Then there is the issue of the various church mergers.  For instance, to track ELCA membership back to 1960, one must combine the attendance records of the ALC and LCA, and then add the AELC to the mix when it was established.  Obviously, each of these bodies had their own accounting processes that may or may not have matched those of their brethren.  And of course, it is not unheard of for a church body to change its own accounting practices from time to time.

The main goal of the exercise was to indicate the rate of decline or increase of members over the last half-century, which is fairly discernable by using these numbers.  Comparisons between the denominations are somewhat less scientific.

(For what it's worth, the data I compiled is available at http://216.235.203.12/NETCOMMUNITY/Document.Doc?id=10)

1542
Your Turn / Re: Close(d) Communion: Confessional Stance?
« on: January 30, 2009, 04:03:17 PM »
Seems to me the obvious solution is for our brothers and sisters in the ELCA to "cross the Mississippi" and become members of the LCMS.  They would be freed from the alienation that comes from being denied the eucharist due to closed communion, but would still be welcomed to the table when attending services with their ELCA friends and family.  That way everyone will be happy, right?   ;D

1543
Your Turn / Re: Average attendance
« on: January 30, 2009, 12:58:00 PM »
When I was shooting Christians for a living . . .

You didn't previously go by the name of "Saul," did you George?  ;)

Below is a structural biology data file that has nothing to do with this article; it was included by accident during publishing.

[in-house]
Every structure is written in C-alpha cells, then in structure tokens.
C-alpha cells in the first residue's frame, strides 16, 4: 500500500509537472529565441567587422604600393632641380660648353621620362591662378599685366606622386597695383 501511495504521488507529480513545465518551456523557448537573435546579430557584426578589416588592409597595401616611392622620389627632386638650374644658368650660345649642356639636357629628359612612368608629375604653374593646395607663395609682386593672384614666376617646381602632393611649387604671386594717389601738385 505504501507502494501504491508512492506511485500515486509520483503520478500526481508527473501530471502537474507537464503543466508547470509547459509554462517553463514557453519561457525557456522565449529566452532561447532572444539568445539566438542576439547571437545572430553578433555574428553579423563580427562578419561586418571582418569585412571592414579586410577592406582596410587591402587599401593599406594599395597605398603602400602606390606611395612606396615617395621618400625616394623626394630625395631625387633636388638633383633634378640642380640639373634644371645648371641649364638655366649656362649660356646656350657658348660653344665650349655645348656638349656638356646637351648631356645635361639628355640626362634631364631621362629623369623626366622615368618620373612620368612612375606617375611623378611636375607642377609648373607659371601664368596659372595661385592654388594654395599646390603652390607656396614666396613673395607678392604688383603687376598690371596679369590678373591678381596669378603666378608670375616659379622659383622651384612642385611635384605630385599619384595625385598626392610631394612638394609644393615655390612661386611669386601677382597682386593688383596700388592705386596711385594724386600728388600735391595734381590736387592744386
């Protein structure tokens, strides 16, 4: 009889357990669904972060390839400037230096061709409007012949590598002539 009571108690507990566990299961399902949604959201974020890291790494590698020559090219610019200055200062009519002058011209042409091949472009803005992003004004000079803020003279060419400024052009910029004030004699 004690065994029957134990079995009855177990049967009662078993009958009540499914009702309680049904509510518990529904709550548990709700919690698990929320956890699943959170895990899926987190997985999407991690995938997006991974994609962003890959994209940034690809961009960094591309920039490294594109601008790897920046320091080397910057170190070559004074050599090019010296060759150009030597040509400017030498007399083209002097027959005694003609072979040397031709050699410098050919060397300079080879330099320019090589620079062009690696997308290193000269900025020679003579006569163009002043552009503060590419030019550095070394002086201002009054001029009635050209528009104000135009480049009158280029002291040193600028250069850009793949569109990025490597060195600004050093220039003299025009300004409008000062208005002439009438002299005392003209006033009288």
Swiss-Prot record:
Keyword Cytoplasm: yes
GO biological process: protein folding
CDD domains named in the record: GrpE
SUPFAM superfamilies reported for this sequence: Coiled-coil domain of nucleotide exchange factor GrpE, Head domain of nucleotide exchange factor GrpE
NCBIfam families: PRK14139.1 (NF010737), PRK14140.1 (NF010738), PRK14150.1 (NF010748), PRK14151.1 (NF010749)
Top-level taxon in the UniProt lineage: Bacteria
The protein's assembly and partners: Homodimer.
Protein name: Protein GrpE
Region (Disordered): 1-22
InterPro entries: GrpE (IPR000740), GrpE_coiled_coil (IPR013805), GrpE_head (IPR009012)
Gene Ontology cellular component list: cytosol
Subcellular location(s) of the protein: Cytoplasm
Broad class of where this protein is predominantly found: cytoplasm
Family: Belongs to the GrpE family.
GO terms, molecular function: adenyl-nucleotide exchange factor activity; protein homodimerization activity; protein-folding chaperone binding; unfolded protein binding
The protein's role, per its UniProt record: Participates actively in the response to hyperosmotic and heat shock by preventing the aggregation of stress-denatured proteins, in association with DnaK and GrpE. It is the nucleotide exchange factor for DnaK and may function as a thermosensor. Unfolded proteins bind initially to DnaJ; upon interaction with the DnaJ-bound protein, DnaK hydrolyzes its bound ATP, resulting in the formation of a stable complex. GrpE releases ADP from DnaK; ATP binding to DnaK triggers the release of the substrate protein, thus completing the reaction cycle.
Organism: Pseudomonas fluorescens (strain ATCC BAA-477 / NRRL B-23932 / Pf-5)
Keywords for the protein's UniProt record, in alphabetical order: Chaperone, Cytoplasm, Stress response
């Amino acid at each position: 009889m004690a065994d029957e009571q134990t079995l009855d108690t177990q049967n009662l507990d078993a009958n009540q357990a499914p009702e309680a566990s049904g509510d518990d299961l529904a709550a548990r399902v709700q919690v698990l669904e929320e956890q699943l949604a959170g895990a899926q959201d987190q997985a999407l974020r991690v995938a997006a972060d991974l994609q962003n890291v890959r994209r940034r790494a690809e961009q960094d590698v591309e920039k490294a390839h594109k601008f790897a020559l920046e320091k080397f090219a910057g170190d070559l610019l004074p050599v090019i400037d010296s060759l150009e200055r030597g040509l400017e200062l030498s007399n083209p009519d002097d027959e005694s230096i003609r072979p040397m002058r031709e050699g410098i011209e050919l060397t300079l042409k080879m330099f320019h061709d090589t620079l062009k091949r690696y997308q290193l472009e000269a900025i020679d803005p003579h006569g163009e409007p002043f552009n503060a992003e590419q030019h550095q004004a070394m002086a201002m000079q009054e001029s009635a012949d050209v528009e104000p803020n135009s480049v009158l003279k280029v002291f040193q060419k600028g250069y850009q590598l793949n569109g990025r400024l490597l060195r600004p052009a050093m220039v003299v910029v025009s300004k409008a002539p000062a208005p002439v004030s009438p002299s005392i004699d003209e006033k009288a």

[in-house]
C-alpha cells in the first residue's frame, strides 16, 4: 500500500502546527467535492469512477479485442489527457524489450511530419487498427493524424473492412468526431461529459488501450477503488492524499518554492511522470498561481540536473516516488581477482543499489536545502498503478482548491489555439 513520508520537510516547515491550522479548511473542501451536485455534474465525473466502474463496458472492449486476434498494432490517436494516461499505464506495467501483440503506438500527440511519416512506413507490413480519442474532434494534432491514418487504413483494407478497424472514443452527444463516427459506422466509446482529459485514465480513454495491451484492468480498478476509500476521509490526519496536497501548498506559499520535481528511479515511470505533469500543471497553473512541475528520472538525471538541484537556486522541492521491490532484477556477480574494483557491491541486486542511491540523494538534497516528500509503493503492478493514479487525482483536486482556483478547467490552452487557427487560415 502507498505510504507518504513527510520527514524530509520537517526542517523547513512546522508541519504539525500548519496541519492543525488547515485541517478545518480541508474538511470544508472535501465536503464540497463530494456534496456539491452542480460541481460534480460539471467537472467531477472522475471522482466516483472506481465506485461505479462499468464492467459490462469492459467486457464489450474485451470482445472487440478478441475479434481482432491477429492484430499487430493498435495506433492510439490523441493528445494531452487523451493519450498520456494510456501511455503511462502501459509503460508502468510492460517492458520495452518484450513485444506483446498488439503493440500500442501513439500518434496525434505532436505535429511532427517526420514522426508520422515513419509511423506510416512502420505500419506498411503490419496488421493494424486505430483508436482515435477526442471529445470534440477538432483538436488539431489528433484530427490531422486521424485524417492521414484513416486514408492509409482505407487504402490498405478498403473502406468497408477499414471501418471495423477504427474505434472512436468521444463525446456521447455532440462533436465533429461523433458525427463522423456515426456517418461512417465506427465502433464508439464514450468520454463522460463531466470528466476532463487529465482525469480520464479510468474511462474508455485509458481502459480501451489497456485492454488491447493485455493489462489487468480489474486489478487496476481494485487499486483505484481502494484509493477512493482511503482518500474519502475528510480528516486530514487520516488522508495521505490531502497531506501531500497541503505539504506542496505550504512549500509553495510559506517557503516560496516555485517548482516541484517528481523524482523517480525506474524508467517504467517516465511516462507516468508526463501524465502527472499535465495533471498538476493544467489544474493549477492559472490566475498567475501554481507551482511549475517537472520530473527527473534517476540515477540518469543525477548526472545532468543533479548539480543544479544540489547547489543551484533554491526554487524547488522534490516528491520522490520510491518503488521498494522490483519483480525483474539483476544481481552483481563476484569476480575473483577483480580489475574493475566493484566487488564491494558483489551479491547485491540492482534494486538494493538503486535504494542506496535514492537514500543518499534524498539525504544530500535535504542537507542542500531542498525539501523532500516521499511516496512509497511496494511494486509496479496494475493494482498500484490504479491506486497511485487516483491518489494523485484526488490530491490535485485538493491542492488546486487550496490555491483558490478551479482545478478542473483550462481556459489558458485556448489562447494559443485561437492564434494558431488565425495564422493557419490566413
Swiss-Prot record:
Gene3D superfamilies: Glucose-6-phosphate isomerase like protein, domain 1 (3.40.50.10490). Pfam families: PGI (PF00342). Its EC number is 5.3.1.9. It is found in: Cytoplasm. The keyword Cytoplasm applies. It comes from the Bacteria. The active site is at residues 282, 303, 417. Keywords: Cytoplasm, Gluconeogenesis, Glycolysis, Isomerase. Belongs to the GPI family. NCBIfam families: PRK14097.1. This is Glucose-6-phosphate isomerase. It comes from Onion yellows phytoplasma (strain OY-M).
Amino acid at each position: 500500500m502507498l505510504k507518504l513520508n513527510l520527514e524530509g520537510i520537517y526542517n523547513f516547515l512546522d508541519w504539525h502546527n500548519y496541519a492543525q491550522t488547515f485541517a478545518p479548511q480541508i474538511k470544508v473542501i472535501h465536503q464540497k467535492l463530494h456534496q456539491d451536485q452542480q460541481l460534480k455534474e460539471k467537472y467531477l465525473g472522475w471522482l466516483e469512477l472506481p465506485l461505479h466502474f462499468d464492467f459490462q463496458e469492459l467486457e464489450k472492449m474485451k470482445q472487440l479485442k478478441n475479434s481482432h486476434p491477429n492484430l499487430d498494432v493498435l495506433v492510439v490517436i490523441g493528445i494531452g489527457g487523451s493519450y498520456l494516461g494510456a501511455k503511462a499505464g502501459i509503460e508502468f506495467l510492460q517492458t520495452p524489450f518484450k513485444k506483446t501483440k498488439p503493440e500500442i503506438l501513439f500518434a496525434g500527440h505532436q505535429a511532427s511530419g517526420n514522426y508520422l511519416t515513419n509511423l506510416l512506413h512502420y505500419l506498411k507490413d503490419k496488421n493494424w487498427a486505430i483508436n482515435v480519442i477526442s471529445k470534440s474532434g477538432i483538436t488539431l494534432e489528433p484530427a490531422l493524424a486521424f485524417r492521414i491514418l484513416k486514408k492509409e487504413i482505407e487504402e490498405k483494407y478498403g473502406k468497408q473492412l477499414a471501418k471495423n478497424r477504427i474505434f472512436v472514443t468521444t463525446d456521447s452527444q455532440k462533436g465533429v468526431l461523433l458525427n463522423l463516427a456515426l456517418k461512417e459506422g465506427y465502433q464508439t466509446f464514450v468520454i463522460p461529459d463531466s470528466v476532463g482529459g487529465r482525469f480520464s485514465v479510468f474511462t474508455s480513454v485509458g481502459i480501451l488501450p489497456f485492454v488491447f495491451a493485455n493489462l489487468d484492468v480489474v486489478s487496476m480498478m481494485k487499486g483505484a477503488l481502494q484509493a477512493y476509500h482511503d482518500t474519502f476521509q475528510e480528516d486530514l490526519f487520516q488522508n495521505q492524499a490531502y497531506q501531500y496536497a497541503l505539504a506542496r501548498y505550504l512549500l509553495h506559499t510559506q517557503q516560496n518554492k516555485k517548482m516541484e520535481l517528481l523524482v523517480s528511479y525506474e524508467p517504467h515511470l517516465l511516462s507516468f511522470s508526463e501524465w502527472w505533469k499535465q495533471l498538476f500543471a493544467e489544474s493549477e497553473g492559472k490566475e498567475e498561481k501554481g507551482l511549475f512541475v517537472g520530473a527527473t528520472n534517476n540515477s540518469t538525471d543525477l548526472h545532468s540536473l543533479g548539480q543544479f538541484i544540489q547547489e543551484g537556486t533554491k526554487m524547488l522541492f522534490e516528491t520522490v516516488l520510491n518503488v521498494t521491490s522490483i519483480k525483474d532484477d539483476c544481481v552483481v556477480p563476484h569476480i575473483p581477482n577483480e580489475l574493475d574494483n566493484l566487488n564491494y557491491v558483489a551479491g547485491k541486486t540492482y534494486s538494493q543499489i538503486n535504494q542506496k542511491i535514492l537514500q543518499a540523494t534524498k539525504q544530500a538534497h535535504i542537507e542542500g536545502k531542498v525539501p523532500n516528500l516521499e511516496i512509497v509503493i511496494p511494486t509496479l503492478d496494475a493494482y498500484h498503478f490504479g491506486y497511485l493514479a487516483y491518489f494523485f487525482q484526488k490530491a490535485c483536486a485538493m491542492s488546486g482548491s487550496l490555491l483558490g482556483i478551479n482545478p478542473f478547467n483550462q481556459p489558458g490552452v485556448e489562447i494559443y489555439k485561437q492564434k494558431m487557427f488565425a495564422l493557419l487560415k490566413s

1544
Your Turn / Re: Close(d) Communion: Confessional Stance?
« on: January 30, 2009, 10:17:28 AM »
Peter writes:
Charles, Scott just said that worthiness is not the issue, common confession is. If you can commune in an LCMS church without bringing any divisions that they (not you, but they) consider church-dividing, then by all means, do so.

I ask:
Then are you giving me (or any member of the ELCA) permission to receive the sacrament in LC-MS parishes that do not find open communion divisive?

Congratulations on the promotion, Peter!  I didn't realize you are now the person in charge of granting admission to the Lord's Table for all of the LCMS.  Pretty impressive.

I trust new business cards will be forthcoming?

1545
Your Turn / Re: Rick Warren to Deliver Inaugural Invocation
« on: January 20, 2009, 05:08:41 PM »
I'd like to see the entire prayer, but thanks for that snippet.

Go to http://blog.beliefnet.com/stevenwaldman/2009/01/rev-lowery-inauguration-benedi.html for a transcript of the benediction.

I don't interpret his words to be racial bias so much as continuing the fight to bless all Americans. I didn't hear him blaming all our problems on the white man which is what the knee jerk politically correct crowd do.


  You must not have ever attended an ELCA racism seminar.  Only Anglos can be racist.  It's part of the mantra.  And in this case, it's up to the Anglos to do what is right...

You're right Brian, I didn't attend a ELCA racism seminar and wouldn't if I had the opportunity. From what I have seen they are among the prime practitioners of the knee jerk political correctness I find so arrogant and self righteous.

I have heard pc spokesmen make such ludicrous statements as 'a black man can't be prejudiced'. I can only wonder how this natural part of the makeup of every human being was left out of blacks. Does that make them more than human or less?

All of my black friends, acquaintances and adversaries have given every indication of being fully human and capable of every human response that I am capable of. So, while I can see how the good Rev Lowery's remarks could be taken as racism, I prefer to see them as the vindication of his hope for our collective future.


I am all for taking the positive spin on this, but previous statements by Rev. Lowrey (such as saying that conservatives, if they could, would make God "male, white [and] racist") make me a little suspicious.  Nonetheless, in the spirit of the day, I will grant the good reverend the benefit of the doubt.